Mesh Firm
Vesterbrogade 26
1620 Copenhagen V
Contact Us
[email protected]

The Ultimate Guide to Product-Led Growth

Product-Led Growth (PLG) is a business strategy where the product is the primary engine of customer acquisition, expansion, and retention. Unlike traditional methods that rely heavily on sales or marketing investments to motivate customers, the PLG framework prioritizes user experience and puts user needs at the heart of the customer journey. Customers expect seamless and intuitive interactions, and PLG dovetails with these requirements while fostering organic growth through user satisfaction and word-of-mouth referrals. PLG can also make scaling efficient because the product itself generates the expanding customer base and loyalty.

Why should you use Product Led Growth?

When businesses use PLG as a go-to-market strategy, the momentum of the product and the users’ enthusiasm push up sales while bringing down the high Customer Acquisition Costs (CaC) needed to make headway in a saturated market. User experiences speak for themselves and drive organic or even viral growth and customer loyalty. PLG reduces the pressure to maintain high customer lifetime values to ensure profitability and can also make scaling efficient. That’s why PLG businesses have seen rapid revenue growth, greater market shares and higher rewards from investors according to Bain & Company studies

PLG gained prominence in the digital age, especially in the software and SaaS (Software as a Service) industries and proved a perfect fit with evolving consumer behavior. Consumers favor products that offer instant value and quality user experiences over those that are simply well-marketed or sold. Thanks to the internet, they are informed and confident enough to explore a new product without a sales associate hovering over them. They prefer both to self-serve and to self-educate rather than sit through a course and sales pitch. Users can immediately start learning how the product can tackle their day-to-day challenges and rapidly and independently reach the “Aha” moment where they decide to pay for the service. This creates opportunities for the brand to up- or cross-sell, and continues the momentum that helps the product reach new clients.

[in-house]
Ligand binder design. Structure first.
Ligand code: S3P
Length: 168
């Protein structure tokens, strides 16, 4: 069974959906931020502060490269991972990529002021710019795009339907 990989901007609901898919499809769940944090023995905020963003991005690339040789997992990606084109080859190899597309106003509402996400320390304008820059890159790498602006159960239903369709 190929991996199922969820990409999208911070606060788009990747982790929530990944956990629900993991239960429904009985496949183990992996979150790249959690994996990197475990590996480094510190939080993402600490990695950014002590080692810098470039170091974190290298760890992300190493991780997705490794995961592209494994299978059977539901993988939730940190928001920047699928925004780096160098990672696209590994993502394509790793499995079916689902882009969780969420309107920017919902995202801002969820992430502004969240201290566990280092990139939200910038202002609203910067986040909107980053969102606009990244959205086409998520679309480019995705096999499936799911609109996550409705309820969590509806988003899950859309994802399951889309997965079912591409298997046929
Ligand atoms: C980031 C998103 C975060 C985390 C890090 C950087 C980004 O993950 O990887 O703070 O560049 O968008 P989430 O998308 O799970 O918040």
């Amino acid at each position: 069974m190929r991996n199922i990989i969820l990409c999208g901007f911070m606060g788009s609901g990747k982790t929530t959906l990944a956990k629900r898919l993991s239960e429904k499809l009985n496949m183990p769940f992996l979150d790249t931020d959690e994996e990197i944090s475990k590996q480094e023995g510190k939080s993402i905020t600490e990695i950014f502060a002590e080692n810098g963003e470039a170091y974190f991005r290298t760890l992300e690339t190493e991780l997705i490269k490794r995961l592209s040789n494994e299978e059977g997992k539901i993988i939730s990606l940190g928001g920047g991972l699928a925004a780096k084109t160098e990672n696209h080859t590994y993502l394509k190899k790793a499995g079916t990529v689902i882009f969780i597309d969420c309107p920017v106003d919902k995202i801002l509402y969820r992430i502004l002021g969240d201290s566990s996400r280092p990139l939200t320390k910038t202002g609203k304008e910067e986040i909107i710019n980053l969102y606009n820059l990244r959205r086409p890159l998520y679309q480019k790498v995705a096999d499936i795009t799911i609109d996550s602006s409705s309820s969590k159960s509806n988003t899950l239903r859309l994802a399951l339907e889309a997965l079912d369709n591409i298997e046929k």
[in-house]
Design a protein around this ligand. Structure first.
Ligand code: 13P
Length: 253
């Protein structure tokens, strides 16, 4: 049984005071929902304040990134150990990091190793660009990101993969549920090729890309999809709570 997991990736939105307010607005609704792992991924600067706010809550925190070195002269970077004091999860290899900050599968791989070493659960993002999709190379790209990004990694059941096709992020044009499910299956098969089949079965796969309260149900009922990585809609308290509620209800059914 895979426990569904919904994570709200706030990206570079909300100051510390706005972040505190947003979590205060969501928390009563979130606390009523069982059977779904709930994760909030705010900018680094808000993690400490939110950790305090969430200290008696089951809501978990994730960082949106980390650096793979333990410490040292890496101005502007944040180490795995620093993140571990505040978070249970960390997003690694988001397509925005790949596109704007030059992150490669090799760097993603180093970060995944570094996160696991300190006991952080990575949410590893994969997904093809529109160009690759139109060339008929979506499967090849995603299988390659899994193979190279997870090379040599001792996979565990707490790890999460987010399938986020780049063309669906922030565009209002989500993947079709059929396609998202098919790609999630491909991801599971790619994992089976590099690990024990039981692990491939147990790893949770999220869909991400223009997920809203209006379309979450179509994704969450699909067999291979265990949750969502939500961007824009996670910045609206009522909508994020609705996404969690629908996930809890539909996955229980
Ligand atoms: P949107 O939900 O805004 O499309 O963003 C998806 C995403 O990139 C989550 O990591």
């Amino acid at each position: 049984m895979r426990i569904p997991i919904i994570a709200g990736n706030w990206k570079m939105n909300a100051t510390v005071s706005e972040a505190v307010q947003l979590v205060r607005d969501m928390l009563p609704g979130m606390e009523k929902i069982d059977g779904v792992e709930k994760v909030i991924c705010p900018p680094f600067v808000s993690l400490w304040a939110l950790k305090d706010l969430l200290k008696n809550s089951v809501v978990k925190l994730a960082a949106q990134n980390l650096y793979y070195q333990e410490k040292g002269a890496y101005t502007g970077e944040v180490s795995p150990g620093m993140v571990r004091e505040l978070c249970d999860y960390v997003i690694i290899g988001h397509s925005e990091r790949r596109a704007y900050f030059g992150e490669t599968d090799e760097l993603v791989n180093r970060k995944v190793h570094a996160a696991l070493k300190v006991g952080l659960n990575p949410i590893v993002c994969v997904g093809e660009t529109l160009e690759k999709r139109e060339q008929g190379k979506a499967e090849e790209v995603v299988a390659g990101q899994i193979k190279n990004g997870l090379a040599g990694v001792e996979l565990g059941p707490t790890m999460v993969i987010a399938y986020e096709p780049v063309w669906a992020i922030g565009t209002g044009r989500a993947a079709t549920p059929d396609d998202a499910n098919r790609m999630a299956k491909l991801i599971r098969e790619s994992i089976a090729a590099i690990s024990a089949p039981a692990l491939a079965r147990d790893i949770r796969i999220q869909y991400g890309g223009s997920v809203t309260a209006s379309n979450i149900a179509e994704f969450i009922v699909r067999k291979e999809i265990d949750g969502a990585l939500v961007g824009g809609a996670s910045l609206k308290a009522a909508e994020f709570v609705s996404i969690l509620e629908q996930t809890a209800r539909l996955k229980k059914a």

What is Product Led Growth?

When growth is led by marketing, an organization’s focus is on helping marketing to win over customers by making the case for the product. When growth is led by sales, the focus is on helping the sales team close more deals with outreach, demos and negotiations.

When growth is led by the product, the customer starts using the product immediately and invests in it because it seamlessly solves an issue they are facing. The product speaks for itself, allowing customers to realize its value firsthand, often through free trials, freemium models, or interactive product demos. The momentum is bottom-up rather than top-down, as it is in sales- and marketing-led projects. This compelling user experience naturally encourages users to continue using and paying for the product, as well as recommending it to others.

Instead of pushing potential customers through a one-way funnel that ends with a purchase, a happy customer’s satisfaction fuels referrals and repeat sales, creating a self-sustaining flywheel of growth.

Product-Led Growth - Mesh Firm

How does Product Led Growth work?

You need effective SEO and digital advertising to create awareness of your product and generate initial sign-ups – then your user experience takes over. Here are the seven key action components to build into your PLG workflow.

1. Onboarding: strategies and best practices

Onboarding will make or break a user’s relationship with your PLG product. A well-crafted onboarding process should be intuitive, engaging, and most importantly, value-driven. You can teach users how to use your product but also demonstrate the immediate value it can bring to their lives or businesses. Best practices in onboarding include:

Simplicity and clarity: Keep onboarding as simple as possible. Avoid overwhelming users with information and options.

Personalization: Tailor the experience to the user’s specific needs and interests. Present use-case scenarios that fit your client segmentations.